R.I.P. Michael Clarke Duncan; Cardiovascular Disease Risk Prevention

As many of you may know, the actor Michael Clarke Duncan passed away on the morning of September 3, 2012 secondary to complications of a heart attack he suffered on July 13, 2012. He was 54. We send our condolences and prayers to his family during this difficult time. I don’t know any more of the details of his medical history than anyone else and while trying to gather more information, all I came up with is what I wrote in the first sentence. Some of our followers know that the three of us at Theintellution are all medical professionals. As young physicians, myself (Internal Medicine), Supreme Soul (Family Medicine), and The Audacity of Dope! (Psychiatry) pride ourselves in providing the best care for all of our patients and a major part of that care involves education.

Some people may be wondering how did Michael Clarke Duncan have a heart attack? He was a well known vegetarian since 2009 and appeared to be in well enough physical shape. I can’t answer that question because I don’t know his personal or family medical history and if I did, I still wouldn’t be able to answer it because of the HIPAA Privacy Rule. What I can do is talk about the risks associated with heart attacks (also known as myocardial infarctions to healthcare workers). As noted in the video above, his decision to become vegetarian hinged on the fact that he ate a lot of meat and had a lot of illnesses. This is great that he took the time to assess his lifestyle and make appropriate changes, however I fear that given his medical history and eating habits ($5000 worth of meat is a lot of food), the damage to his coronary arteries (vessels providing blood to the heart) may have already been done. I’m also pretty sure that he had a significant family medical history for heart disease as many African Americans do given our increased risk for heart disease as a race. As I stated before, I can only speculate based on the information that is available on the internet, but I do want to use this to inform our readers.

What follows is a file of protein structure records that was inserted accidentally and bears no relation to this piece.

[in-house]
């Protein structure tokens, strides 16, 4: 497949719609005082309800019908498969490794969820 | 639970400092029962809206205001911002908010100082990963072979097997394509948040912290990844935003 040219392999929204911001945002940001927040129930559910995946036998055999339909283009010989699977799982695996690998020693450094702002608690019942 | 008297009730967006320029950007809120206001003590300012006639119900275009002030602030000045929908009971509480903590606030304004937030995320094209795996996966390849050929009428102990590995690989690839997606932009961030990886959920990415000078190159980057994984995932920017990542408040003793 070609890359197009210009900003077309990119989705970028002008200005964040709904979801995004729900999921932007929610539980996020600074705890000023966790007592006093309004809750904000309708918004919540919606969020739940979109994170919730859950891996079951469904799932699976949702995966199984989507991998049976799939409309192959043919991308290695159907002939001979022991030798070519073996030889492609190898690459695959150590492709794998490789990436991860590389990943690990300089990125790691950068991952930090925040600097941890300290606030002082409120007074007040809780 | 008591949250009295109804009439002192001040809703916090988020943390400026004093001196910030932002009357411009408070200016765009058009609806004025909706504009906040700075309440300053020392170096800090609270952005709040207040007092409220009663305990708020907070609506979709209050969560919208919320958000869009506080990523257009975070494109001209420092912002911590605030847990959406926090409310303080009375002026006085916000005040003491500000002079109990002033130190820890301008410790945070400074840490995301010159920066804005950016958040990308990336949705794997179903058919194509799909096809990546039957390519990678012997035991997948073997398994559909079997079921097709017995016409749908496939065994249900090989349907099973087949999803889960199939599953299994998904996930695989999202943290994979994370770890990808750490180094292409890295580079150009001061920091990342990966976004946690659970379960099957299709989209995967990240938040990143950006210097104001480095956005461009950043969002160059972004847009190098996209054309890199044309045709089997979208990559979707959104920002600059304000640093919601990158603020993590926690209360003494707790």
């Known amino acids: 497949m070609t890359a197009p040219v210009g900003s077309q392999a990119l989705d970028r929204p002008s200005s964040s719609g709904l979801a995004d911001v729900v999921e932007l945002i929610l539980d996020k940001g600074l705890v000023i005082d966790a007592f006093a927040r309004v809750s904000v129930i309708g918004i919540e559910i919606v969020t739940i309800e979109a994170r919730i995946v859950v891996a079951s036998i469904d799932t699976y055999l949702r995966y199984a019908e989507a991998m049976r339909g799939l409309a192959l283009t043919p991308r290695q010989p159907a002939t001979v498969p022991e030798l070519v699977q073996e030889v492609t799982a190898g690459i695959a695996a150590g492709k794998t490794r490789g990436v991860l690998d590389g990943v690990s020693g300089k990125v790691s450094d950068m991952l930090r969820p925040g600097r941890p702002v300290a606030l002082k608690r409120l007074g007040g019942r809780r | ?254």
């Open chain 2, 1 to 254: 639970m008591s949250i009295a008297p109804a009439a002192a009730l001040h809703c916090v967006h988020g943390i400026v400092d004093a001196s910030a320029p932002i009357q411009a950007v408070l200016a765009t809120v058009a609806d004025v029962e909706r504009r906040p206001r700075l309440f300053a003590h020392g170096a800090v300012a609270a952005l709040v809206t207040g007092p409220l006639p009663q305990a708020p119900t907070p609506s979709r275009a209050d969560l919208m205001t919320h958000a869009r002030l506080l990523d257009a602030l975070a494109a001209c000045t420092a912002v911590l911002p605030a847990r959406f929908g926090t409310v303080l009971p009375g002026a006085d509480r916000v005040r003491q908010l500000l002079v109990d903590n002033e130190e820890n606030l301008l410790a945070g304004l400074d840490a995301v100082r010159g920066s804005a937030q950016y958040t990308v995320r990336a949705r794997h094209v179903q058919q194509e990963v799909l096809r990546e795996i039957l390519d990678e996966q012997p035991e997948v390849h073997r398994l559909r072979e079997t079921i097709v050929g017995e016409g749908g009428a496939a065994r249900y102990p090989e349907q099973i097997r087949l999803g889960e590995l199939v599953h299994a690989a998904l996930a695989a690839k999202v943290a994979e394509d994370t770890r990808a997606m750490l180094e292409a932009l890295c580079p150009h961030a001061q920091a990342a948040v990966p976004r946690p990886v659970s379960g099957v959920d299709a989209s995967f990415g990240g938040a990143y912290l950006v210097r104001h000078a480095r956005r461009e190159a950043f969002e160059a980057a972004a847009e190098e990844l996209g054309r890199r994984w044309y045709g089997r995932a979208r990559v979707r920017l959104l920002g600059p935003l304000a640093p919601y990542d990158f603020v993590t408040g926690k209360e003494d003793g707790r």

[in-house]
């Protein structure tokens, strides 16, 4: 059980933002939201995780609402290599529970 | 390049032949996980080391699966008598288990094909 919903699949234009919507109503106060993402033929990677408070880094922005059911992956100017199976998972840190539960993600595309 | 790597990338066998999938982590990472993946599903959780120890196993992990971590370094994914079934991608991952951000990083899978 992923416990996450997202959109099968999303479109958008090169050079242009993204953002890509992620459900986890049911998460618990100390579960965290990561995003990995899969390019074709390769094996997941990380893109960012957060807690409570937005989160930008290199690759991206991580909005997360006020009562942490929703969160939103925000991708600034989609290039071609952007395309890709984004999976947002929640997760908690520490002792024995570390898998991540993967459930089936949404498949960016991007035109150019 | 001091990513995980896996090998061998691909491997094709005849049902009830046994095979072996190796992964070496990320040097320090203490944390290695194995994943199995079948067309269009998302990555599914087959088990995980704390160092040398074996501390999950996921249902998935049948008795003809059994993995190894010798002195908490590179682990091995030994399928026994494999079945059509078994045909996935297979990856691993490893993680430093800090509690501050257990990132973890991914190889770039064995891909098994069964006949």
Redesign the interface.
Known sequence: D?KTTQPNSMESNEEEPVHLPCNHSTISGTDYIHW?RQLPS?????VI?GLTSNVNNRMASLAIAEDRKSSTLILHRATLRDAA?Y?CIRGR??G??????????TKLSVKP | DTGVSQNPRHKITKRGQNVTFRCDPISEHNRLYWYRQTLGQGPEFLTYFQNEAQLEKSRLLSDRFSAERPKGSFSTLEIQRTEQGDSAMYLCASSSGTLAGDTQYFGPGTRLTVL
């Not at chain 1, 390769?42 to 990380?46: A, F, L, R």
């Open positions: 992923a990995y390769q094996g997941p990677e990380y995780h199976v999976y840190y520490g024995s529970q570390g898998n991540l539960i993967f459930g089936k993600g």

What can you do? Not just for yourself, but for family members as well. It all starts with knowing your risk of cardiovascular disease which can be broken down into non-modifiable and behavioral risk factors. Non-modifiable risk factors refer to those factors that we cannot change such as gender (risk in males > women), age, race, and family history of cardiovascular disease. Behavioral factors are those that we can change and include; sedentary lifestyle, diet, heavy alcohol consumption, and smoking. Then there are physiological risk factors which stem from a combination of non-modifiable and behavioral risk factors and include high blood pressure, diabetes, and obesity. What does this mean for you and your family? It means taking the initiative and limiting or controlling your behavioral and/or physiological risk factors before it is too late, although it really is never too late to start a healthy lifestyle. Does this mean you have to become a vegetarian? Absolutely not. It means that you have to watch how much red meat you eat, increase the amount of vegetables/fruit, and drink more water. Diet sodas mean absolutely nothing, especially if you drink one with a super sized value meal. Does this mean you have to work out 3 hours every day to look like the emaciated or cartoonishly muscular media portrayals of women and men, respectively? Again, absolutely not. Thirty minutes a day of moderate intensity exercise for 4-5 days a week should suffice.

If you already are diagnosed with hypertension, diabetes, high cholesterol, or if you already had a heart attack (or multiple) doesn’t mean you can’t live a fulfilling life. I have had numerous patients start to live healthy AFTER they had a heart attack and they look great. It’s unfortunate that they had the heart attack in the first place, but they were blessed enough to survive and learned from their previous unhealthy living habits. We doctors are NOT God (regardless of what some would have you to believe) and we can only do so much. As I tell all my patients, “I can help you but I can’t force you to change. I am going to provide you with the utmost care but I guarantee you will get more out of it if you do your part.”

So good people of Theintellution, start taking control of your life. Tell your loved ones to start taking control of their lives. It’s not going to be easy, but anything worth having isn’t and I’d like to believe that life is pretty damn worth it.

R.I.P. Michael Clarke Duncan. We lost a great actor.

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About Tha Doc

Like the tallest Redwood, you won’t be able to grow without both the sunshine and the rain...
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1 Response to R.I.P. Michael Clarke Duncan; Cardiovascular Disease Risk Prevention

  1. Pingback: The Plague of Obesity | The Intellectual Revolution

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